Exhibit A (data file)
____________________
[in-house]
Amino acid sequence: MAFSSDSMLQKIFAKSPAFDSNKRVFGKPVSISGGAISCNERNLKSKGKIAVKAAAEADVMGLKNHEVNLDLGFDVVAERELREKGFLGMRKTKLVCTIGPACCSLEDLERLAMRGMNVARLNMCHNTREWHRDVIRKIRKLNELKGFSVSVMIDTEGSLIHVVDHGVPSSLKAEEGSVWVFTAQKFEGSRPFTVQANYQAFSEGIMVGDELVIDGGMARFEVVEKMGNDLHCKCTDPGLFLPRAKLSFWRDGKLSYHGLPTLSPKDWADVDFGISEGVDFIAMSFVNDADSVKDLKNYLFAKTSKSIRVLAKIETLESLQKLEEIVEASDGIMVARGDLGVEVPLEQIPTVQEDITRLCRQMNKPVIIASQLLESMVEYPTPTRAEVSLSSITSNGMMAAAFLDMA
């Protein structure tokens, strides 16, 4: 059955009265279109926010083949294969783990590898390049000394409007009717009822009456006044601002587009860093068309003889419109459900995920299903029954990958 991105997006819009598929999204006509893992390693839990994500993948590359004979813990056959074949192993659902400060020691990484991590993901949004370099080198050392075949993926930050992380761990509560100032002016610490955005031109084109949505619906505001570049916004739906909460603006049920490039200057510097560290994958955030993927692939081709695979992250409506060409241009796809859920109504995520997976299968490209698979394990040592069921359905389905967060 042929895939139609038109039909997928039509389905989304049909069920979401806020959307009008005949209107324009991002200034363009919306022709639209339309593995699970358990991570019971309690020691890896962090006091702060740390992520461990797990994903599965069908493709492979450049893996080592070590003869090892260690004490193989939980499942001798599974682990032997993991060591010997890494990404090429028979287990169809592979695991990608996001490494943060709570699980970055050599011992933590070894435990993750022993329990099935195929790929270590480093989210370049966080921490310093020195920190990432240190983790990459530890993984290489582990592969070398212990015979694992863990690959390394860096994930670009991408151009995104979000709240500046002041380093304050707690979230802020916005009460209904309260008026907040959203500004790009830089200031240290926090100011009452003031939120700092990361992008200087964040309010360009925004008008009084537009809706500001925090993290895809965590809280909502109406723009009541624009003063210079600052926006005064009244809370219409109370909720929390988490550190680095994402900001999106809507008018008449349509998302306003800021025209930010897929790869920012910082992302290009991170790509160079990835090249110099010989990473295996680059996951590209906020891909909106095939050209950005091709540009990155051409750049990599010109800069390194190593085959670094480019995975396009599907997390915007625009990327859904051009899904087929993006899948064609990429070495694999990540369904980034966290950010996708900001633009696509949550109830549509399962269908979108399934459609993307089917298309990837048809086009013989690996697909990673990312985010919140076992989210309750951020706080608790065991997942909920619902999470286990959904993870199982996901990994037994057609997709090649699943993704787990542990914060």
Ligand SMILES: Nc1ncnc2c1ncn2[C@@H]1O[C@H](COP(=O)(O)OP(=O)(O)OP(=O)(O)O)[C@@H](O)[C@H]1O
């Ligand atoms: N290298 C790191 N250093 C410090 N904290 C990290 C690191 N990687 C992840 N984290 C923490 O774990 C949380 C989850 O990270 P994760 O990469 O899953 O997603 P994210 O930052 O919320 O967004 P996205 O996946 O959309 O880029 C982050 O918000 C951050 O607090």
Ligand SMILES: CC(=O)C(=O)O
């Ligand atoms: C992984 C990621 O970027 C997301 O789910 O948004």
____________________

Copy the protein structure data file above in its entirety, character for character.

[in-house]
Amino acid sequence: MAFSSDSMLQKIFAKSPAFDSNKRVFGKPVSISGGAISCNERNLKSKGKIAVKAAAEADVMGLKNHEVNLDLGFDVVAERELREKGFLGMRKTKLVCTIGPACCSLEDLERLAMRGMNVARLNMCHNTREWHRDVIRKIRKLNELKGFSVSVMIDTEGSLIHVVDHGVPSSLKAEEGSVWVFTAQKFEGSRPFTVQANYQAFSEGIMVGDELVIDGGMARFEVVEKMGNDLHCKCTDPGLFLPRAKLSFWRDGKLSYHGLPTLSPKDWADVDFGISEGVDFIAMSFVNDADSVKDLKNYLFAKTSKSIRVLAKIETLESLQKLEEIVEASDGIMVARGDLGVEVPLEQIPTVQEDITRLCRQMNKPVIIASQLLESMVEYPTPTRAEVSLSSITSNGMMAAAFLDMA
């Protein structure tokens, strides 16, 4: 059955009265279109926010083949294969783990590898390049000394409007009717009822009456006044601002587009860093068309003889419109459900995920299903029954990958 991105997006819009598929999204006509893992390693839990994500993948590359004979813990056959074949192993659902400060020691990484991590993901949004370099080198050392075949993926930050992380761990509560100032002016610490955005031109084109949505619906505001570049916004739906909460603006049920490039200057510097560290994958955030993927692939081709695979992250409506060409241009796809859920109504995520997976299968490209698979394990040592069921359905389905967060 042929895939139609038109039909997928039509389905989304049909069920979401806020959307009008005949209107324009991002200034363009919306022709639209339309593995699970358990991570019971309690020691890896962090006091702060740390992520461990797990994903599965069908493709492979450049893996080592070590003869090892260690004490193989939980499942001798599974682990032997993991060591010997890494990404090429028979287990169809592979695991990608996001490494943060709570699980970055050599011992933590070894435990993750022993329990099935195929790929270590480093989210370049966080921490310093020195920190990432240190983790990459530890993984290489582990592969070398212990015979694992863990690959390394860096994930670009991408151009995104979000709240500046002041380093304050707690979230802020916005009460209904309260008026907040959203500004790009830089200031240290926090100011009452003031939120700092990361992008200087964040309010360009925004008008009084537009809706500001925090993290895809965590809280909502109406723009009541624009003063210079600052926006005064009244809370219409109370909720929390988490550190680095994402900001999106809507008018008449349509998302306003800021025209930010897929790869920012910082992302290009991170790509160079990835090249110099010989990473295996680059996951590209906020891909909106095939050209950005091709540009990155051409750049990599010109800069390194190593085959670094480019995975396009599907997390915007625009990327859904051009899904087929993006899948064609990429070495694999990540369904980034966290950010996708900001633009696509949550109830549509399962269908979108399934459609993307089917298309990837048809086009013989690996697909990673990312985010919140076992989210309750951020706080608790065991997942909920619902999470286990959904993870199982996901990994037994057609997709090649699943993704787990542990914060």
Ligand SMILES: Nc1ncnc2c1ncn2[C@@H]1O[C@H](COP(=O)(O)OP(=O)(O)OP(=O)(O)O)[C@@H](O)[C@H]1O
């Ligand atoms: N290298 C790191 N250093 C410090 N904290 C990290 C690191 N990687 C992840 N984290 C923490 O774990 C949380 C989850 O990270 P994760 O990469 O899953 O997603 P994210 O930052 O919320 O967004 P996205 O996946 O959309 O880029 C982050 O918000 C951050 O607090």
Ligand SMILES: CC(=O)C(=O)O
């Ligand atoms: C992984 C990621 O970027 C997301 O789910 O948004």